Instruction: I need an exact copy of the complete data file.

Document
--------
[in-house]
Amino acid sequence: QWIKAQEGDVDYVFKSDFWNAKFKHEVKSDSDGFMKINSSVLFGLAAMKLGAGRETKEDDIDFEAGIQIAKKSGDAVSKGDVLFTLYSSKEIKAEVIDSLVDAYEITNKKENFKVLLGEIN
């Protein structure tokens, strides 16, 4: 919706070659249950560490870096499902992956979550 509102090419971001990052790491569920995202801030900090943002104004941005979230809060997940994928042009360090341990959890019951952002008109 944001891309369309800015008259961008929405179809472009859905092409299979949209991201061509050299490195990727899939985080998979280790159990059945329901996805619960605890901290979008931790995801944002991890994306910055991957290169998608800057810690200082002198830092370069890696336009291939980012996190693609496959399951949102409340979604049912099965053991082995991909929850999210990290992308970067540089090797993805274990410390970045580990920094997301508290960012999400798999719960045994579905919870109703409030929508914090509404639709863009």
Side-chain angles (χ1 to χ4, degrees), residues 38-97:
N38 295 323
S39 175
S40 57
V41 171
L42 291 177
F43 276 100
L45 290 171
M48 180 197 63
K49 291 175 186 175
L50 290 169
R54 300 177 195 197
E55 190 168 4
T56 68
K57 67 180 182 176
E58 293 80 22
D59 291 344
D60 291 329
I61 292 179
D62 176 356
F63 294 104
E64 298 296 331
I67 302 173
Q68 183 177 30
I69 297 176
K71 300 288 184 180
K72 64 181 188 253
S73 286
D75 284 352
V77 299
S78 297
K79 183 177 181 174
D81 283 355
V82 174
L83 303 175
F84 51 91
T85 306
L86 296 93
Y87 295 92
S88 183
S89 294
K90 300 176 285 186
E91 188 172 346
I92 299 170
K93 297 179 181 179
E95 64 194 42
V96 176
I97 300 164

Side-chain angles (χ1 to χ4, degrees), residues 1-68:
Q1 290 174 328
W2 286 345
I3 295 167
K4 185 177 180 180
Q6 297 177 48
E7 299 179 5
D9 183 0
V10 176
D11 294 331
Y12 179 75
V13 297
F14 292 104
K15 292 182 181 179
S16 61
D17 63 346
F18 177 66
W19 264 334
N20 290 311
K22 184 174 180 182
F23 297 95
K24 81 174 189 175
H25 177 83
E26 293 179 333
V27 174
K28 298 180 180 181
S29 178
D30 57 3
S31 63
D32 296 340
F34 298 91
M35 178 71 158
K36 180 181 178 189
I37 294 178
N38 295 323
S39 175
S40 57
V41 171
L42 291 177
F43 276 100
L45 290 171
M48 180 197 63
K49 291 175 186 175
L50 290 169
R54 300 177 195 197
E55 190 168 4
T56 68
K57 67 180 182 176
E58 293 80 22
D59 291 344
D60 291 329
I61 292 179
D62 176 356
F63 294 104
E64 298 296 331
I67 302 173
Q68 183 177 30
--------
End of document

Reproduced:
[in-house]
Amino acid sequence: QWIKAQEGDVDYVFKSDFWNAKFKHEVKSDSDGFMKINSSVLFGLAAMKLGAGRETKEDDIDFEAGIQIAKKSGDAVSKGDVLFTLYSSKEIKAEVIDSLVDAYEITNKKENFKVLLGEIN
């Protein structure tokens, strides 16, 4: 919706070659249950560490870096499902992956979550 509102090419971001990052790491569920995202801030900090943002104004941005979230809060997940994928042009360090341990959890019951952002008109 944001891309369309800015008259961008929405179809472009859905092409299979949209991201061509050299490195990727899939985080998979280790159990059945329901996805619960605890901290979008931790995801944002991890994306910055991957290169998608800057810690200082002198830092370069890696336009291939980012996190693609496959399951949102409340979604049912099965053991082995991909929850999210990290992308970067540089090797993805274990410390970045580990920094997301508290960012999400798999719960045994579905919870109703409030929508914090509404639709863009």
Side-chain angles (χ1 to χ4, degrees), residues 38-97:
N38 295 323
S39 175
S40 57
V41 171
L42 291 177
F43 276 100
L45 290 171
M48 180 197 63
K49 291 175 186 175
L50 290 169
R54 300 177 195 197
E55 190 168 4
T56 68
K57 67 180 182 176
E58 293 80 22
D59 291 344
D60 291 329
I61 292 179
D62 176 356
F63 294 104
E64 298 296 331
I67 302 173
Q68 183 177 30
I69 297 176
K71 300 288 184 180
K72 64 181 188 253
S73 286
D75 284 352
V77 299
S78 297
K79 183 177 181 174
D81 283 355
V82 174
L83 303 175
F84 51 91
T85 306
L86 296 93
Y87 295 92
S88 183
S89 294
K90 300 176 285 186
E91 188 172 346
I92 299 170
K93 297 179 181 179
E95 64 194 42
V96 176
I97 300 164

Side-chain angles (χ1 to χ4, degrees), residues 1-68:
Q1 290 174 328
W2 286 345
I3 295 167
K4 185 177 180 180
Q6 297 177 48
E7 299 179 5
D9 183 0
V10 176
D11 294 331
Y12 179 75
V13 297
F14 292 104
K15 292 182 181 179
S16 61
D17 63 346
F18 177 66
W19 264 334
N20 290 311
K22 184 174 180 182
F23 297 95
K24 81 174 189 175
H25 177 83
E26 293 179 333
V27 174
K28 298 180 180 181
S29 178
D30 57 3
S31 63
D32 296 340
F34 298 91
M35 178 71 158
K36 180 181 178 189
I37 294 178
N38 295 323
S39 175
S40 57
V41 171
L42 291 177
F43 276 100
L45 290 171
M48 180 197 63
K49 291 175 186 175
L50 290 169
R54 300 177 195 197
E55 190 168 4
T56 68
K57 67 180 182 176
E58 293 80 22
D59 291 344
D60 291 329
I61 292 179
D62 176 356
F63 294 104
E64 298 296 331
I67 302 173
Q68 183 177 30